As a musician and artist, Kate Bush is somewhat of an anomaly. She defies most normative roles female musicians fit into and blazes a unique trail in her professional and personal life. While she doesn’t explicitly identify as a feminist, but she implants ideologies of female independence, gender subversion, and female power in the heart of the historically male-driven, sexist and exploitive music industry. Her rejection of fame, publicity and the manfacturization of female musicians, along with her unwillingness to present herself as sexual object say just as much about her attitudes toward gender and equality than an explicit or assertive feminist stance.
The first time I heard Kate Bush’s music it was booming out of the attic bedroom of my highschool friend Marlie’s older brother. He was this lanky, artsy guy who would appear out of his attic every few hours to make a sandwich. Normally he would ignore us, sometimes he’d throw a few jokes or obscenities our way, and once and a while he’d sit down and show us a book or some music to “get some culture down our necks.” Honestly, i was a little afraid of him. But that day, Marlie and I slowly opened the door at the bottom of the stairs to his room and sat listening to the ethereal, gauzy music flooding the stairwell. I remember hearing “Wuthering Heights” and “Kite” that day and once I’d gone home and done some extensive research I found a copy of the Kate Bush album I had been listening to, The Kick Inside, in my basement. I’d soon discovered the rest of her albums and was mesmerized by her story-telling, theatricality and the cult following and air of mystery that surrounds her.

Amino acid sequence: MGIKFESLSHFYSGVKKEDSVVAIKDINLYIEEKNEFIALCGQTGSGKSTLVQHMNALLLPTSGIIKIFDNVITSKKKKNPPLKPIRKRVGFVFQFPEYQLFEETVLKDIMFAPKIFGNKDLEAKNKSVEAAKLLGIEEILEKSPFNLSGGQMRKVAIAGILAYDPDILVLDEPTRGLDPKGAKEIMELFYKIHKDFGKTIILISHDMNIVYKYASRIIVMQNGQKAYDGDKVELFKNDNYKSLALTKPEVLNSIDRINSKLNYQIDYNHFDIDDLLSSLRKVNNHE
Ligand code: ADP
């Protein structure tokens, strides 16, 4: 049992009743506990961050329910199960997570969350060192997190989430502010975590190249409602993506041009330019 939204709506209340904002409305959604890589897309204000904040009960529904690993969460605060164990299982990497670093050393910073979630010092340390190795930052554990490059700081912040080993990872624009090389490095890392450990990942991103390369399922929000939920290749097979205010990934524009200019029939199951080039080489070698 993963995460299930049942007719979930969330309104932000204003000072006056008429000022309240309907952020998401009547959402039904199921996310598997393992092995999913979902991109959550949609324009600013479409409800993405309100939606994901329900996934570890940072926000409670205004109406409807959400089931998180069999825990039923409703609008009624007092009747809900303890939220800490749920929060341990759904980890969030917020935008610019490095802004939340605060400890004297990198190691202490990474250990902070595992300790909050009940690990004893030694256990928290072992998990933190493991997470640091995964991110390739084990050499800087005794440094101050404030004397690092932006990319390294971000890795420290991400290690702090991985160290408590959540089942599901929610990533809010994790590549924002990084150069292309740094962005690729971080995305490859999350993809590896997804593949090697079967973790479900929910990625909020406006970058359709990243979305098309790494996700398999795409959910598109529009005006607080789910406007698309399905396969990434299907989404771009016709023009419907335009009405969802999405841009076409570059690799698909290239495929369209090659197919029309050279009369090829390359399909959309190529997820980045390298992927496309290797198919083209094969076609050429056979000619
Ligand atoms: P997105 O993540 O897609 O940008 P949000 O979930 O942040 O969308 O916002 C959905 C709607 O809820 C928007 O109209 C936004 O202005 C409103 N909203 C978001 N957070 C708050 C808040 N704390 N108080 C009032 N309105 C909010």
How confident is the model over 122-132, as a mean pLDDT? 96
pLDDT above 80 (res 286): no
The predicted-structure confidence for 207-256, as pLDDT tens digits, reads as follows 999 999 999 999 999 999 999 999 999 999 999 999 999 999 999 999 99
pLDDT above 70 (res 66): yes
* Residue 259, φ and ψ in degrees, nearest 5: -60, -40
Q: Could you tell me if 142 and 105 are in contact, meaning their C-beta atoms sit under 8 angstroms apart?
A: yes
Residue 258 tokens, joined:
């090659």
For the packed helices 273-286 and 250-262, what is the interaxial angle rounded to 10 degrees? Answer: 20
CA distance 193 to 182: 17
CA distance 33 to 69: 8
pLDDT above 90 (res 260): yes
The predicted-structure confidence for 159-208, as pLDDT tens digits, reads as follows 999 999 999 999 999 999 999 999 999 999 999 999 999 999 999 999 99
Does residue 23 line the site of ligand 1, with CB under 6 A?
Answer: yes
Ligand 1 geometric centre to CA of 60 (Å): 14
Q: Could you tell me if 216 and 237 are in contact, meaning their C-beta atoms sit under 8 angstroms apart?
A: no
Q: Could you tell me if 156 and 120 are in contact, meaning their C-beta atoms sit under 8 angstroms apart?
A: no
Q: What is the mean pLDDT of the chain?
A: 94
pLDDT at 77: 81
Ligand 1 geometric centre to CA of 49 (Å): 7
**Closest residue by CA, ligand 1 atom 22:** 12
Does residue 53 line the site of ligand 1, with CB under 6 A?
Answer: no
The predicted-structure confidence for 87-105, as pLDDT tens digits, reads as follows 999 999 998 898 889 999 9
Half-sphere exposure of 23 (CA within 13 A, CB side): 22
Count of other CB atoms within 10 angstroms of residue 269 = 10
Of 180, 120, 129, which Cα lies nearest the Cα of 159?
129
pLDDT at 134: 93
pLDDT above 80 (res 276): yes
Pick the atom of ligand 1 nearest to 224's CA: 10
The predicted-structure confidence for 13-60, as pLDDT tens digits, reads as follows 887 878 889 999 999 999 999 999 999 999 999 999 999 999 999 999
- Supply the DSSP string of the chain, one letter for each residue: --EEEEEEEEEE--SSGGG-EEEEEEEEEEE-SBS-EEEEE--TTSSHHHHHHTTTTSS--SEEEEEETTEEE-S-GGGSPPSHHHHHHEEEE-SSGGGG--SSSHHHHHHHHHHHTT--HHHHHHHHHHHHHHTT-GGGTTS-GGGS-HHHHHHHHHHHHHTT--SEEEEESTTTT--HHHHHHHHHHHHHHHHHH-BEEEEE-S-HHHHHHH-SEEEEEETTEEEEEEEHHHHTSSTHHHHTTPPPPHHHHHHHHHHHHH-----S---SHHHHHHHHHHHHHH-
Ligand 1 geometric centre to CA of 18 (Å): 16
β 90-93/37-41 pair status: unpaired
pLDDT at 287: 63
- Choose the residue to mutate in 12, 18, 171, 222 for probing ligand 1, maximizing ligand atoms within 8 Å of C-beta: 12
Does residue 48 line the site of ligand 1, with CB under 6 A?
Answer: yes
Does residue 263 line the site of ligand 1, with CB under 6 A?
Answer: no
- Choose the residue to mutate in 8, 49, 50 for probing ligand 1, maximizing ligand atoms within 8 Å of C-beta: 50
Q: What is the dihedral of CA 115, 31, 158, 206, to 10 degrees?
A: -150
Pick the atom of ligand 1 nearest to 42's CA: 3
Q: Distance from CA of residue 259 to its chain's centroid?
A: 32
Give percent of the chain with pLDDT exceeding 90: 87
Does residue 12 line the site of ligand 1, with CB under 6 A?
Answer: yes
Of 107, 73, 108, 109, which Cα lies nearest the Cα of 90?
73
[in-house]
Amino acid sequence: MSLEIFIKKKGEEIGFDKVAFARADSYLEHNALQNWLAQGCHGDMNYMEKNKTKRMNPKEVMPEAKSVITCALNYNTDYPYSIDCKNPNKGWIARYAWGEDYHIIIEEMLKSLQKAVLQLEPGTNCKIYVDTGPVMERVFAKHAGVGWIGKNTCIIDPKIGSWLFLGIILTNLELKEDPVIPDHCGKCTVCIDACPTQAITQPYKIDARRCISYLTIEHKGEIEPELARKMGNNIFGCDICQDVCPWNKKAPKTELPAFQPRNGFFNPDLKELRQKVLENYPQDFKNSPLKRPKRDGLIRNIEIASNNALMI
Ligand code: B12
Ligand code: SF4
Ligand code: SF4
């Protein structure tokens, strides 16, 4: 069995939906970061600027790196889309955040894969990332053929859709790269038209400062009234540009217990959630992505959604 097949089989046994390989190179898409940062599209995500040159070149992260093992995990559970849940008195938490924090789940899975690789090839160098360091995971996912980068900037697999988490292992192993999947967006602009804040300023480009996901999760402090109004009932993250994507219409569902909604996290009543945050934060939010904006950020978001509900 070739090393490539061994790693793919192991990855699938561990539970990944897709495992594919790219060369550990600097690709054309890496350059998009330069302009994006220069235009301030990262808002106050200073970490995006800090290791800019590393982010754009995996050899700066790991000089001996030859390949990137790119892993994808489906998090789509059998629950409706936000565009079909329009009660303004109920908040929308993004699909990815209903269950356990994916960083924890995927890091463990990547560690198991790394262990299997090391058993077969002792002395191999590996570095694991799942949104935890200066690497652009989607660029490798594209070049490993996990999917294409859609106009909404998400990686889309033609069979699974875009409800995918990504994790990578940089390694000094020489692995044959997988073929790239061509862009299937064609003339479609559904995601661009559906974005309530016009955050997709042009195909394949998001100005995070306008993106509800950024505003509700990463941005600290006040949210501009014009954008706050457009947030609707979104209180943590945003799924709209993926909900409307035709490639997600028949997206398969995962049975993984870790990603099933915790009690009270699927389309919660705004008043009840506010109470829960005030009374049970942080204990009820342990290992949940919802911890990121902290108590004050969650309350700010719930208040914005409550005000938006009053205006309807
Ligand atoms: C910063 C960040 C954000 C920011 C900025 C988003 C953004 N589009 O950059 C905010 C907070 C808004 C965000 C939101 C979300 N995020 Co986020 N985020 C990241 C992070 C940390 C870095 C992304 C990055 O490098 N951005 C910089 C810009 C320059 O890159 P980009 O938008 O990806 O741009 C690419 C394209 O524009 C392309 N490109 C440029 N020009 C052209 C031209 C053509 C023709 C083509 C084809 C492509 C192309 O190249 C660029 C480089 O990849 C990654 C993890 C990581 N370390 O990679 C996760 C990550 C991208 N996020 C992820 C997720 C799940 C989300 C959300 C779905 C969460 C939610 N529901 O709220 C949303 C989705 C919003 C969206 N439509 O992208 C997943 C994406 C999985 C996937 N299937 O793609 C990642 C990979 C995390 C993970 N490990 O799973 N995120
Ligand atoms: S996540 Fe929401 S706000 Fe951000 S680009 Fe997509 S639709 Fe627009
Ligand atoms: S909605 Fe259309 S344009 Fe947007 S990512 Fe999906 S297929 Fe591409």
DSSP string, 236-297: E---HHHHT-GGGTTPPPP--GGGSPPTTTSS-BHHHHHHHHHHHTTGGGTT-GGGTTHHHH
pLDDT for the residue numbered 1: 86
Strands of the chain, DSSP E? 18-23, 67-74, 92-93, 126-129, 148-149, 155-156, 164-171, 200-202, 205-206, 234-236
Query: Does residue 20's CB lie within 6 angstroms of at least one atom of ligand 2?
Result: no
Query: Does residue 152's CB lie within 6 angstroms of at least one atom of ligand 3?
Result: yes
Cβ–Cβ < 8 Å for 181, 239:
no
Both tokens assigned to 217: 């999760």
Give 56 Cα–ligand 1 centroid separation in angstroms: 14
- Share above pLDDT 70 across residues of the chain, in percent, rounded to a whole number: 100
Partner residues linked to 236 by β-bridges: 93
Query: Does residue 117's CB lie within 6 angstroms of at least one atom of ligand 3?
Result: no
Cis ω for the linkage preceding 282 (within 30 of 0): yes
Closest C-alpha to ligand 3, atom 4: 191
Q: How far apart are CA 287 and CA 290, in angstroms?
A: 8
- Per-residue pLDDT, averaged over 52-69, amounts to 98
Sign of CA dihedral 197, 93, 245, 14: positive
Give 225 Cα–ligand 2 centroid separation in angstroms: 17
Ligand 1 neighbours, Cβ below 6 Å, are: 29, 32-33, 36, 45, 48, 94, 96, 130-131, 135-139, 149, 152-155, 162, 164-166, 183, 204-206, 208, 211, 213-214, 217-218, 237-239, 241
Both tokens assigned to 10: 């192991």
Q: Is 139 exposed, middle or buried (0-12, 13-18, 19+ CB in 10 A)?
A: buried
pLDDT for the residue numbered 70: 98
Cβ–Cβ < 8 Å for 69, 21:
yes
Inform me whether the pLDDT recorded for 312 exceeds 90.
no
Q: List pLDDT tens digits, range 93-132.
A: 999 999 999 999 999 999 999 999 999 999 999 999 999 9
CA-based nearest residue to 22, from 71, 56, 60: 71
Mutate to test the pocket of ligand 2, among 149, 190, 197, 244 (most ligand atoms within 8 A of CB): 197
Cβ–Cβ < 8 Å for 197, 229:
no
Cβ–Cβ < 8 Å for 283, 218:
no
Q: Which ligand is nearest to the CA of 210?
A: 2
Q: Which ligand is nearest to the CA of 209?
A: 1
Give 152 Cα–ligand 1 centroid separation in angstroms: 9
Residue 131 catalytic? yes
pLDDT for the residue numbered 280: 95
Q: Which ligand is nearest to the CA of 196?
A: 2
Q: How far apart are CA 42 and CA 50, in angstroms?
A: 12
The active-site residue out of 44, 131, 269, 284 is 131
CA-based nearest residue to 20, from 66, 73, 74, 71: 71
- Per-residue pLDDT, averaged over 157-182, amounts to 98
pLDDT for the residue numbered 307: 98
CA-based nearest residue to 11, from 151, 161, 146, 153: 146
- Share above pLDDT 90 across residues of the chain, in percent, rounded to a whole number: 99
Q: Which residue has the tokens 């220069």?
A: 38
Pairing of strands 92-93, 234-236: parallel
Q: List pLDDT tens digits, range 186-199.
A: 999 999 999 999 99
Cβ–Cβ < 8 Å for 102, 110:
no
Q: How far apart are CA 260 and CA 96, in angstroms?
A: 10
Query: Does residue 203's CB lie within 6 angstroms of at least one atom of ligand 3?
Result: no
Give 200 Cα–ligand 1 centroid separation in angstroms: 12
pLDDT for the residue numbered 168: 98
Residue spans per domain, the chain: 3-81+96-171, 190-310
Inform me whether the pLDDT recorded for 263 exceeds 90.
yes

It was clear that she’d never been, and never would be, constrained by social expectations of any kind, including gender. She does exactly as she pleases and makes no apologies or explanations. The artistic freedom and spirituality she exudes is very intoxicating and inspirational. After reading Wuthering Heights, the song made so much sense to me and seemed to accurately capture its essence. I became aware of her clever use of allegory in more of her songs. Like music, literature is a great interest and hobby of mine and its not often that you find the two so nicely blended. To me, Kate Bush is a true artist, capable of beautifully expressing the human condition in words, music, and movement.
Bush is a storyteller and many of her songs read like fables, legends or parables. She uses allegory and with each new song she takes on another character, playing with notions of identity and transformation. In “Wuthering Heights” she takes on the persona of Emile Bronte’s Catherine, implying a connection with the gender-role defying author and her strong Gothic heroine. In the video for “Cloudbusting” she plays an androgynous character. Throughout her career, Bush weaves narratives that expose the problematic nature of gender roles and femininity into her lyrics and beautifully theatrical music videos. She uses her dance training to tell these stories with her body in addition to her words in these videos. By using her body in this manner she seems to be reclaiming it from objectification and giving herself creative agency. This use of dance separates her from the over-choreographed and overtly sexualized female performers who have found immense success in mainstream popular music (think Pussycat Dolls and Britney Spears).
Like Joni Mitchell, Kate Bush does not explicitly present herself as feminist. Instead, she embodies independence, agency and empowerment and weaves tales of female identity into her highly symbolic music. This is a type of embedded feminism that works from the inside out and has the potential to be influential and affect great change in society.